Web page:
have a weekly timetable. Work out exactly when you can study. Be
realistic. If you find studying hard, start with short study times and
gradually study for longer periods. Try to stick to your plan.
Plan the ways you study best – do you like to write lists? Do you
write study cards for yourself? If you are a person who doesn’t
remember things by reading, perhaps you can draw diagrams
or pictures of what you are learning. These may help you to
Leo is studying carpentry and is learning how to use a skill saw.
He learns that using any saw involves safety as well as knowing
how to use it and what to use it for.
Leo finds that the best way for him to remember everything is to
draw pictures of how to use the saw. He also draws cartoons of
what may happen if he doesn’t use the skill saw properly. Doing
the cartoons helps him to remember the safety rules.
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Plan how to work out something you don’t understand – if you
are learning on your own, you don’t have a teacher to help you.
So it’s a good idea to plan how you’ll work something out on your
own. For example, you may try to put the information into your
own words to help simplify the topic.
Plan who to go to for help – if you have family members or
flatmates who are willing to help, you can get them to test you on
what you have been learning. They can ask you questions from
your book or notes. Or you can just tell them everything you can
remember that you have learnt – pretend you are teaching them.
Your learning environment
Here are some ways to make the environment you learn in one that is
good for studying.
Be comfortable – just like when you are in a classroom, you need
to be comfortable – not too hot and not too cold. You also need a
comfortable place to read or write. This is not always easy if you
share your home with many flatmates or a have a large family. Try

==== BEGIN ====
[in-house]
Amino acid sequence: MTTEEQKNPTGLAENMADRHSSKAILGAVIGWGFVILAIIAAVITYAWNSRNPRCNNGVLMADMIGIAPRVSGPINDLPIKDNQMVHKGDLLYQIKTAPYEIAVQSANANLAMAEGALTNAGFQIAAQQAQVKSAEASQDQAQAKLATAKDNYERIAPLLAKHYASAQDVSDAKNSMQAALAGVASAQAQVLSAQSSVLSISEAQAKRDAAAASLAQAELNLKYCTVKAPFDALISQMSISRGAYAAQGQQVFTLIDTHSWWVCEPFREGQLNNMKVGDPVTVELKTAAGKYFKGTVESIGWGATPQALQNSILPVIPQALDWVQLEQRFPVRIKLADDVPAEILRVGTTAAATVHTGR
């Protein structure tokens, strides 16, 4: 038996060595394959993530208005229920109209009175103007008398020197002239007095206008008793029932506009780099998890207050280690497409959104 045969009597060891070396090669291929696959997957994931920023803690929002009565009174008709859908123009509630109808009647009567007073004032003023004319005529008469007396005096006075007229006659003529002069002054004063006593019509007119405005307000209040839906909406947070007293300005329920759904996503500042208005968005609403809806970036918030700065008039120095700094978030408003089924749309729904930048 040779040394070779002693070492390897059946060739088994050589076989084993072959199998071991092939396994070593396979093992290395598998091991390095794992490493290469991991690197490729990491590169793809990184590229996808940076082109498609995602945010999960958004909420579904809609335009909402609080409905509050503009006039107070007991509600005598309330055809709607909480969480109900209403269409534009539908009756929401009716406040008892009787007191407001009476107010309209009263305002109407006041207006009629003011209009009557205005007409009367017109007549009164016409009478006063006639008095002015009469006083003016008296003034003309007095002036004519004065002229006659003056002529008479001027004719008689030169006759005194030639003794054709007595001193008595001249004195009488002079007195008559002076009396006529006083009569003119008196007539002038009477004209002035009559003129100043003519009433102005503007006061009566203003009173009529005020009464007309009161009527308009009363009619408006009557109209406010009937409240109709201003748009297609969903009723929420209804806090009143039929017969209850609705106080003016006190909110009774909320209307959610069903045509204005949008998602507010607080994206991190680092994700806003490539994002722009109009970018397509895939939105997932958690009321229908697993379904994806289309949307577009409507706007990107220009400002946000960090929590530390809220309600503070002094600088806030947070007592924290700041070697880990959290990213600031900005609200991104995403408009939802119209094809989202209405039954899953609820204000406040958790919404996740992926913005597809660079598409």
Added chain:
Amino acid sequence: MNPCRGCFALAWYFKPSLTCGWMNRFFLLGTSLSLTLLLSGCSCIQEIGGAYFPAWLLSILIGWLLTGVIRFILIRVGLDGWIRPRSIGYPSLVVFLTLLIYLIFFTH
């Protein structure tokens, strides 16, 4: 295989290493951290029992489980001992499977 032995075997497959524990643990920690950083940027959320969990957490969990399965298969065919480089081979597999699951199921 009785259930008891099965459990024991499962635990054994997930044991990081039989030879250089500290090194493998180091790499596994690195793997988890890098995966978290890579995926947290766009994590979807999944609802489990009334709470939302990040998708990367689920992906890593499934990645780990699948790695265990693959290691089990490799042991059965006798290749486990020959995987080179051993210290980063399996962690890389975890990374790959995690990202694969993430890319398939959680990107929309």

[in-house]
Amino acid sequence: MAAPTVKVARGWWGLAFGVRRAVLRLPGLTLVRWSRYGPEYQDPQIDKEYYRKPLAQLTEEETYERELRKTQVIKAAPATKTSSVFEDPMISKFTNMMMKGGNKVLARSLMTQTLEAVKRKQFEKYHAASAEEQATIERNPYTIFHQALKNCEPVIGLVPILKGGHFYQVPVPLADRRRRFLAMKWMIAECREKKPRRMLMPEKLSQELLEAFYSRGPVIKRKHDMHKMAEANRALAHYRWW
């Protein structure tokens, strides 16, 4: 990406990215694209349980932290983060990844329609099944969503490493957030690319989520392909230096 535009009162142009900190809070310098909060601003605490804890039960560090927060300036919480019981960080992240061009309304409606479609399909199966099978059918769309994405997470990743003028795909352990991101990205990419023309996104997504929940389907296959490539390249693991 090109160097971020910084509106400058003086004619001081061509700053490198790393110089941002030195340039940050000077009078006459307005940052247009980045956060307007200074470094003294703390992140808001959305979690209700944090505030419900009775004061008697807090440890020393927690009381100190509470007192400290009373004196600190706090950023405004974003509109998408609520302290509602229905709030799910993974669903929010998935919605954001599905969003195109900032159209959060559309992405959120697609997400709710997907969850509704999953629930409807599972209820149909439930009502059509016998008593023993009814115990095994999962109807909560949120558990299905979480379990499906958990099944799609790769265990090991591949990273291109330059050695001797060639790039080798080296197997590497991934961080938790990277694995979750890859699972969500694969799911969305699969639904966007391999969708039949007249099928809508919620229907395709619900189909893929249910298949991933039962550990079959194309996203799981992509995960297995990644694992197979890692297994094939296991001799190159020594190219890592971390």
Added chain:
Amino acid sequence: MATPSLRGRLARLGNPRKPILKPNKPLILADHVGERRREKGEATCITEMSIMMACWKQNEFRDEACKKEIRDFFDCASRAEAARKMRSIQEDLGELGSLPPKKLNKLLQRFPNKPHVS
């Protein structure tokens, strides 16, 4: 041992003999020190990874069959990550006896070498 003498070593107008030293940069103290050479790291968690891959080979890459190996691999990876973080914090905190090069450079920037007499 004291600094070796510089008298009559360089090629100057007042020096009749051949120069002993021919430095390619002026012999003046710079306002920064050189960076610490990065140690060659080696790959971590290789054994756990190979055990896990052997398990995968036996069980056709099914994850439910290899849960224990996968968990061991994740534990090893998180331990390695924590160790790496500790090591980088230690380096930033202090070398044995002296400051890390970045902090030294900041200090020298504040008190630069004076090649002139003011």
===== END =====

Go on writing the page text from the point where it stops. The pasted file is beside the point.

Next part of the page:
to find at least a small, quiet space where you are comfortable and
away from other people.
Don’t be distracted – try to find a place where you are not
distracted. You shouldn’t be able to see a television, watch people
out the window or be interrupted by the telephone.
Have enough light – you should have good light to read by, so you
don’t have to strain your eyes. If the light is not good, your eyes
may become tired and you may also get sleepy and find it hard to
Have snacks close by – having some snacks to eat as you study
means you are less likely to get up and look for food. If this
happens, you are likely to lose your concentration.
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Play background music – some people find that they can’t study
if the room is too quiet. They prefer to have some music on. This
can be a good idea; however, try to play music without any words,
which can distract you.
Take breaks – it is important to take short breaks every half an
hour or so. Walk around or do some stretching exercises. This
helps you refocus after taking a break.
Stick to the task – if you are working on a computer, try to finish
what you need to do before starting something else. For example,
don’t check your email until you have finished your study.
Otherwise, you may be tempted to waste time sending emails and
become distracted.
1. Make a list of all the things that stop you from learning well.
2. Now next to each thing on your list, say what you could do to help
you learn and make your learning easier.
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What have you learnt?
Put a 9 in the box when you have learnt these things.
You should understand why you need to know what you are
It is important to have a goal or reason for learning.
Try to be an active learner by asking questions and by trying out
what you have learnt.
Work out the ways you learn best by thinking about times when
you enjoyed learning something.
Learning includes knowing where to find information.
If you are in a class, check that you understand what was covered
in the previous lessons.
If you are at work, learn by watching more experienced people do
their tasks.
If you are studying, plan your study time carefully.
Wherever you are learning, make sure you are comfortable – not
hungry and not too hot or cold.
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Final activity
Name: ____________________________
First, choose something that you want to learn. It can be for a job, a
hobby, a game, something on the computer or something at home.
Then answer the following questions.
1. What would you like to learn?
2. Why would you like to learn this?
3. Where can you learn this?
4. Where can you find out more about what you want to learn?
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5. When can you practise or study what you are learning?
6. What can you do to help you learn?
7. What may make learning this hard?
8. What may make learning this easy?
9. Why do you want to be successful at learning this?
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For the trainer: You may wish to ask the learner questions or
require some demonstration to confirm that the learner:
has completed the work you require
has understood the main concepts of the topic
can apply the relevant skills as outlined in the What have
you learnt? section.